What are we talking about when we say “biomarker” in autoimmune disease, and why are these important?
In the simplest terms, a “biomarker” is any measurable indicator of a biological process. In autoimmune diseases, one major reason we look at biomarkers is because they can help us identify patients and tell us something about their potential future disease progression.
Take rheumatoid arthritis (RA), for example, an autoimmune disease that causes joint damage with chronic pain, stiffness and swelling of joints. The effects of RA extend beyond the musculoskeletal symptoms of chronic pain and physical disability, with the potential to include: fatigue, anxiety, depression, respiratory, gastrointestinal, and cardiovascular disease, economic burden, reduced quality of life, and increased mortality.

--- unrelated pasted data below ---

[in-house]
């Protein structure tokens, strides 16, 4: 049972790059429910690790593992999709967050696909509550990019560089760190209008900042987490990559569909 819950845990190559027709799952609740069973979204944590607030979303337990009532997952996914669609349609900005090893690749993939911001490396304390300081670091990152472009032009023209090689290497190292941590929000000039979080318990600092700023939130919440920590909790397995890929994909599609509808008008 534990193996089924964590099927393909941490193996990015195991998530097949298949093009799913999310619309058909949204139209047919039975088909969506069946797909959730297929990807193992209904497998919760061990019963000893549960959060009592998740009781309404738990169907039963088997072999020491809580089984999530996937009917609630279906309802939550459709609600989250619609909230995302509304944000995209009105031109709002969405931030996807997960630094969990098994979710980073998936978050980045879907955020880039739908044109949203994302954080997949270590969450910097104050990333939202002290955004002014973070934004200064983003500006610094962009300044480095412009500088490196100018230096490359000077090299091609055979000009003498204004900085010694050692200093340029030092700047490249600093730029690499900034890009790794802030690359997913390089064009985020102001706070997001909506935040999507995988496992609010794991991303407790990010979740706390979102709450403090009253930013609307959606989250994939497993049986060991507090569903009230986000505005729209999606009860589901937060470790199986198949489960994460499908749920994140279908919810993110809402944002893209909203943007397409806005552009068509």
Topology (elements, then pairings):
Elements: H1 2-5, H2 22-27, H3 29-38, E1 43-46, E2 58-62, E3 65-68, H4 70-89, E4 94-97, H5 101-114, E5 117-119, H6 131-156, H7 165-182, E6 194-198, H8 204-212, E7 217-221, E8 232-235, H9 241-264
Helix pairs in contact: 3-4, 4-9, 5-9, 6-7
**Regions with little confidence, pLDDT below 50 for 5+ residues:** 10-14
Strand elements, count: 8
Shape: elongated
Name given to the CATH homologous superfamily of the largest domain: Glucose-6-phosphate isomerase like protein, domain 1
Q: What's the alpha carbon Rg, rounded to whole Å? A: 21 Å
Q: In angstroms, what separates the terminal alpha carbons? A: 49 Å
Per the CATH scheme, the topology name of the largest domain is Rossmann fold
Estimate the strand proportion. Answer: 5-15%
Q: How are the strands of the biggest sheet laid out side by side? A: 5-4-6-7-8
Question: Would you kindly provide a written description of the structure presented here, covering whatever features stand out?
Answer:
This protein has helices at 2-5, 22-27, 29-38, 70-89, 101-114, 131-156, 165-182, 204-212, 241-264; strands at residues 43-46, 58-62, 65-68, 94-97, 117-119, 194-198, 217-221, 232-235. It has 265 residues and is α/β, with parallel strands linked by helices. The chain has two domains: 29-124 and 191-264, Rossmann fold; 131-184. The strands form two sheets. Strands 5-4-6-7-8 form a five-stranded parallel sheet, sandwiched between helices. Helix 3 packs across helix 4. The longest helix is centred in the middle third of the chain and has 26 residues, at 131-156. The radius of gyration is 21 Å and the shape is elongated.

RA can present and behave very differently in different individuals. Some people with rheumatoid arthritis have a more highly active and progressive form of the disease that can lead to worse outcomes, making an early diagnosis and treatment particularly critical. It was discovered a number of years ago that these patients frequently test positive for a biomarker called anti-citrullinated protein antibody, or ACPA. ACPA can be detected in a person’s bloodstream before joint damage becomes clinically apparent. Knowing that a patient is ACPA positive can therefore give the physician (and the patient) helpful, predictive information right from the start.
Bristol-Myers Squibb research has advanced understanding of the impact of ACPA positivity in RA and continues to investigate the correlation between this biomarker and outcomes like joint erosion. We also recently developed a video to help raise awareness about biomarkers in RA, because it’s important for health care professionals and patients alike to understand that these tools are out there: